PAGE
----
4 Habits I've Quit in Order to Make Me a Better Working Mom

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mother and daughter

Jacob Lund / Adobe Stock

Marisa Ricciardi
Marisa Ricciardi
April 20, 2024 at 2:11PM UTC
In 2014, after subsequently serving as Vice President at Goldman Sachs and Chief Marketing Officer of NYSE Euronext, I ventured out on my own so I could have more flexibility while raising my two young daughters. 
While I was a "party of one" at first, serving as a virtual CMO for several major financial-focused brands, I quickly identified a niche and the Ricciardi Group was born. In less than four years, we built a team of over 30 full-time employees and contractors, enlisted a board of advisors from some of the world's leading firms, and expanded our client roster to include Fortune 500 companies like Adobe, Legg Mason and BNY Melon, and emerging technology brands like AlphaPoint, ComplySci, and General Assembly.
What this rapid growth meant was that I had to get extremely focused on the tasks at hand while also continuing to prioritize the things that were important. Often times, what you gain in flexibility as a business owner, you often lose in “setting boundaries.” In other words, while I could decide on my working hours, often depending on my kids’ schedules, it often meant I was working all the time...day, night, weekends, weekdays.
In order to strike some sort of a balance, and not get sucked into the vacuum of “startup life,” I cut out several habits that just don’t serve me, my family, or my company. What I’ve found is that it’s given me time and energy back, and ultimately made me much better at all of my jobs.
1. Checking emails first thing in the morning
I used to feel pressure to be “connected” the second I rolled out of bed. What ultimately happened is that I went into high alert mode and was unable to be present for my kids during an important time of their day.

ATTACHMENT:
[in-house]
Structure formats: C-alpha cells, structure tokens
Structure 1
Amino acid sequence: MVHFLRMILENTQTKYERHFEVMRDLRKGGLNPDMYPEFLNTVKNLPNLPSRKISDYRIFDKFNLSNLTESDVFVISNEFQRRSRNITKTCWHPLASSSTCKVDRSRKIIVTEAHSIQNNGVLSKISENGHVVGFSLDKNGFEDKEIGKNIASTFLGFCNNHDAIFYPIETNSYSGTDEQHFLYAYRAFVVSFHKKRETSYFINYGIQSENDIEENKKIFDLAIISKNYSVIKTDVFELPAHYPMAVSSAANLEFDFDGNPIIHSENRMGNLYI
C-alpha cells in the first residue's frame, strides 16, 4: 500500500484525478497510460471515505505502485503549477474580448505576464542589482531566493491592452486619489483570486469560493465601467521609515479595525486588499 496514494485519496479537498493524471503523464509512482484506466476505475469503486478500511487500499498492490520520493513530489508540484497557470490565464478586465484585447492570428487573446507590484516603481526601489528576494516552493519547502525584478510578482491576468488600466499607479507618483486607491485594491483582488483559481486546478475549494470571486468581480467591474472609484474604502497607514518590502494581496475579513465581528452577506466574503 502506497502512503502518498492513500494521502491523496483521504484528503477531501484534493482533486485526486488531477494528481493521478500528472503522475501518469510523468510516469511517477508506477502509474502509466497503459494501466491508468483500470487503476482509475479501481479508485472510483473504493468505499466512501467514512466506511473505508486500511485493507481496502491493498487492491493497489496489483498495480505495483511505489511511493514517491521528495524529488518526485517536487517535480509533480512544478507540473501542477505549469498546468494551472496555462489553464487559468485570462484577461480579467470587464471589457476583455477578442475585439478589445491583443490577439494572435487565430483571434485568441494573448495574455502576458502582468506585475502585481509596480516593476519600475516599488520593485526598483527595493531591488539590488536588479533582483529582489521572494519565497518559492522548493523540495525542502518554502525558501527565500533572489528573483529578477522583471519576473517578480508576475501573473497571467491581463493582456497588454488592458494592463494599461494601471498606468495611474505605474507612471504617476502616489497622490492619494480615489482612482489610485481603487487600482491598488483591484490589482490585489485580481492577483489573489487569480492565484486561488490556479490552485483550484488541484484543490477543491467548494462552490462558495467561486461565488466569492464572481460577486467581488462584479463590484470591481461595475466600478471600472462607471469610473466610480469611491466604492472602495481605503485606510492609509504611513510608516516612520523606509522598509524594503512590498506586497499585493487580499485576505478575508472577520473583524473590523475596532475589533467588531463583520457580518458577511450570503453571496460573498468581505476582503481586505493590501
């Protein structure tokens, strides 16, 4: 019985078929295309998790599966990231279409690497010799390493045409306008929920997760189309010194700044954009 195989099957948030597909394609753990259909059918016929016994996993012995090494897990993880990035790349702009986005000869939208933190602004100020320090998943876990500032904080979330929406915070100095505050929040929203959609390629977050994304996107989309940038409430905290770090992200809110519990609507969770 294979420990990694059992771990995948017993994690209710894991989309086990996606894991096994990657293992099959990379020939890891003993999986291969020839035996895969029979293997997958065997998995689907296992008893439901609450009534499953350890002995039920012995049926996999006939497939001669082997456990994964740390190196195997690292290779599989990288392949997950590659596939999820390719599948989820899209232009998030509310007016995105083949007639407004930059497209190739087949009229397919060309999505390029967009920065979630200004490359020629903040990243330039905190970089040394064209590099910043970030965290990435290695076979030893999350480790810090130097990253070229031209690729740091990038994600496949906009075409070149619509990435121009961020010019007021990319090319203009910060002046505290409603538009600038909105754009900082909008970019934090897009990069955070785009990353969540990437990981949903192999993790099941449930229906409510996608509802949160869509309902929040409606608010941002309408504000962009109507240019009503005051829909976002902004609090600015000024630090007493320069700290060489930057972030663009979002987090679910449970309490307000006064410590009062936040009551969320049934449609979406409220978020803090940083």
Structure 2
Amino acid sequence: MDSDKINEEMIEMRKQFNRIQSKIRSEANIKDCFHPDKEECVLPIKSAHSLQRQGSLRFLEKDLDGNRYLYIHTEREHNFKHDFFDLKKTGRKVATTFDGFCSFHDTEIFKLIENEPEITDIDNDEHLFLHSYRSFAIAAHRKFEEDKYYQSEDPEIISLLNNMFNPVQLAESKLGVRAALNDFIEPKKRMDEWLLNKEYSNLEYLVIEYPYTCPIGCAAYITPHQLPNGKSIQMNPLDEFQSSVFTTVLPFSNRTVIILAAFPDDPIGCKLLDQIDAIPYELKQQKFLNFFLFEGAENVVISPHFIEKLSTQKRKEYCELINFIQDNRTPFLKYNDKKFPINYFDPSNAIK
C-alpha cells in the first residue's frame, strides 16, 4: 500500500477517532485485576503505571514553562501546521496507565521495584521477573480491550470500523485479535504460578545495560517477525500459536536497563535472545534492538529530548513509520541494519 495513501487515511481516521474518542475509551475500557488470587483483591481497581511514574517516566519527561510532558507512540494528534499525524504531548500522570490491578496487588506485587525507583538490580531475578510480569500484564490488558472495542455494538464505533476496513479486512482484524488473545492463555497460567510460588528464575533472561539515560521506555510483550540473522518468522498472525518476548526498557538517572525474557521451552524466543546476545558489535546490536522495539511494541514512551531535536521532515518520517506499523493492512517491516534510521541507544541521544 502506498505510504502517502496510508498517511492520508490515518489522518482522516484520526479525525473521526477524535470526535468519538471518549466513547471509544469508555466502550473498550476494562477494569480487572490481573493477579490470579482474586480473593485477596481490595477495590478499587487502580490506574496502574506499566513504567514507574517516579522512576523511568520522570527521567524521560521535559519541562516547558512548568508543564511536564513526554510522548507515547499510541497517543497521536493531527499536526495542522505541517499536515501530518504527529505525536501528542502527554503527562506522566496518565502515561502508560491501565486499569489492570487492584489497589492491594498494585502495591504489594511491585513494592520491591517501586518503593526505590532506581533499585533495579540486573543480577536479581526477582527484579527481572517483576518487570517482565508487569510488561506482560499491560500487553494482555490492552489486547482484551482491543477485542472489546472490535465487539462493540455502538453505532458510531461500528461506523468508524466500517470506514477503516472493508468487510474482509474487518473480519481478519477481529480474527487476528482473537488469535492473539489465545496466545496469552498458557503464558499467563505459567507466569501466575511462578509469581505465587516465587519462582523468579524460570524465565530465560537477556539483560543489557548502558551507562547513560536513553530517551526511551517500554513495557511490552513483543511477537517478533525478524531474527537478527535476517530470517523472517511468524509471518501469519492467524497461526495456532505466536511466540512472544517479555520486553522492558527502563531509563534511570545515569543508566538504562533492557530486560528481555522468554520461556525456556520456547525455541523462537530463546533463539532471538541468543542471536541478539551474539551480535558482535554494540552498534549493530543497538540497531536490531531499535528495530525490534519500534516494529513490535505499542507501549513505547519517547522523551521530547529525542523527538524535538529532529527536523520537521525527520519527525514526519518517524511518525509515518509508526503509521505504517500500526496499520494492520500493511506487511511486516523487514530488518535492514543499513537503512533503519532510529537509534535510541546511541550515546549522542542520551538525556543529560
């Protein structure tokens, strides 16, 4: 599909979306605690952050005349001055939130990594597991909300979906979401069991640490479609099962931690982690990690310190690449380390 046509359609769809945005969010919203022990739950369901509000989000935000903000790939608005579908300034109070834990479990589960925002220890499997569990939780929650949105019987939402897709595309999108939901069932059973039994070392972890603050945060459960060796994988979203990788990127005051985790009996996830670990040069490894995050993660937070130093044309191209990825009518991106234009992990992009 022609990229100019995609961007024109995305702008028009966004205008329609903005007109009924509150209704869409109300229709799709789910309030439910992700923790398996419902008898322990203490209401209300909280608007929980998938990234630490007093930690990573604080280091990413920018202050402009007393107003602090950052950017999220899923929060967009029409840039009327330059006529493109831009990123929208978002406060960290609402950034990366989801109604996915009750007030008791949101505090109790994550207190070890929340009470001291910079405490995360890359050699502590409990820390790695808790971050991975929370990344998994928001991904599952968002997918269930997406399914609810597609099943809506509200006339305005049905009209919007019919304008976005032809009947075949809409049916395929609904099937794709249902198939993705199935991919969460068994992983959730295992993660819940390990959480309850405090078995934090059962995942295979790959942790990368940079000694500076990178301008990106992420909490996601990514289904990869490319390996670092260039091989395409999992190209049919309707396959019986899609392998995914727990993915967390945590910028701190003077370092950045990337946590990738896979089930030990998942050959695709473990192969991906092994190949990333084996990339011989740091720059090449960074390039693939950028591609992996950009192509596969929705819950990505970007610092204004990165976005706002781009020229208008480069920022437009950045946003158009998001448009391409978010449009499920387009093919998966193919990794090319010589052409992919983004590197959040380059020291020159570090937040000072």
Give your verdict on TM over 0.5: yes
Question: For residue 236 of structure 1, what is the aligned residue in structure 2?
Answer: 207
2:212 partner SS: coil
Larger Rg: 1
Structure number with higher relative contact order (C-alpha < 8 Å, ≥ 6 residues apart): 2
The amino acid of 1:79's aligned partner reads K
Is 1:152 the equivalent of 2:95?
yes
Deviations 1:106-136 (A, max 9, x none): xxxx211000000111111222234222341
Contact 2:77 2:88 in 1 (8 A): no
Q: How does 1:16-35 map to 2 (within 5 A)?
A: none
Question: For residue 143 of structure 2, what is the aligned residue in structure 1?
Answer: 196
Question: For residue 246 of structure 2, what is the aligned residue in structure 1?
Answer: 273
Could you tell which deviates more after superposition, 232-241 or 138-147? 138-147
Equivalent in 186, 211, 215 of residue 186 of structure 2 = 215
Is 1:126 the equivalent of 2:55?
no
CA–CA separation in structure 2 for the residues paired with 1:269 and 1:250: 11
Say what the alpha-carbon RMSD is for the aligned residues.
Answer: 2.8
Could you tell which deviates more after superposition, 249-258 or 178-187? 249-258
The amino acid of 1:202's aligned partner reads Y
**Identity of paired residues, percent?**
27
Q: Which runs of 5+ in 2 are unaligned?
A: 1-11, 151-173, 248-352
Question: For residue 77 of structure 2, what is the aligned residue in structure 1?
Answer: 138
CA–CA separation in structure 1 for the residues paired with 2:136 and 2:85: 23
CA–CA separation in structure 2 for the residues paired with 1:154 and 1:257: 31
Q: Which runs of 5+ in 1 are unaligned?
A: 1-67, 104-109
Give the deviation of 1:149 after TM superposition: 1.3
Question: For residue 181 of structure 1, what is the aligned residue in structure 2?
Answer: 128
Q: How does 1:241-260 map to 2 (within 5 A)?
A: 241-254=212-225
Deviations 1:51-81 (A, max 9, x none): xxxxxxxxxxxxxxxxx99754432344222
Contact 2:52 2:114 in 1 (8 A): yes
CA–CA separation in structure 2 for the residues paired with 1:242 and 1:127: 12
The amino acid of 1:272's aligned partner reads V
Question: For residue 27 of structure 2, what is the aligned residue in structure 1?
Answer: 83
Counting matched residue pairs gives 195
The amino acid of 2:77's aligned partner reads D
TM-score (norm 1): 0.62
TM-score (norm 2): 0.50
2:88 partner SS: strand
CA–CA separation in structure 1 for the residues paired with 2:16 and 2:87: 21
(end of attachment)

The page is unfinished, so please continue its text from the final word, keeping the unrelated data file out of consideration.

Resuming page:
2. Only working out when I “had time”
The truth is, we prioritize what’s important. And getting into the habit of saying that we will do something “only if we have time” is likely the surest way to never do it. In other words, I had to rid myself of the habit of putting my physical health last. I am so much better at all aspects of my life when I feel healthy and in shape. My workouts of choice are to run on the weekends, do one yoga class mid week, and usually Fridays I try to lift weights. The days are typically set in advance, and scheduled into my calendar like everything else. 
3. Making endless lists with no focus
A dear friend of mine once quipped: “Sometimes I feel like when I make lists, I’m actually making lists of all the things I won’t ever do.” This couldn’t be more true for me. I now start my day making a list of the top things I need to get accomplished first and foremost that day. Writing it down each morning gives me focus, then I can revisit and re-prioritize based on what happens throughout the day and week. On one side of the paper are the items my team is working on, and the other side are the top things I’m working on that require my attention, engagement, and actual execution. 
4. Foregoing creativity 
I’m a trained classical pianist. Over the years as a career oriented person, and then with kids, my creative pursuits ended up taking a backseat. Many of my jobs have been focused on creative problem solving, so while it’s technically business-related, I have gotten some of my creative juices flowing in that way. My girls are only two and four, but I realize it’s important for me to show an example of balancing both the “art and the science.” They see me playing the piano and now they want to play! We even practice together once a week, and I get to teach my girls a wonderful skill while spending quality time with them.
After stints as the Chief Marketing Officer of NYSE Euronext and Vice President at Goldman Sachs, Marisa Ricciardi ventured out on her own in 2014 so she could have more flexibility while raising her two daughters. While she was a "party of one" at first, serving as a virtual CMO for several major financial-focused brands, Marisa quickly identified a niche and the Ricciardi Group was born. From helping early-stage CEOs allocate venture capital that will have the highest impact on their business, to assisting CMOs in navigating the complex marketing landscape, Marisa is committed to providing her clients with a clear path for turning business strategy into action. 

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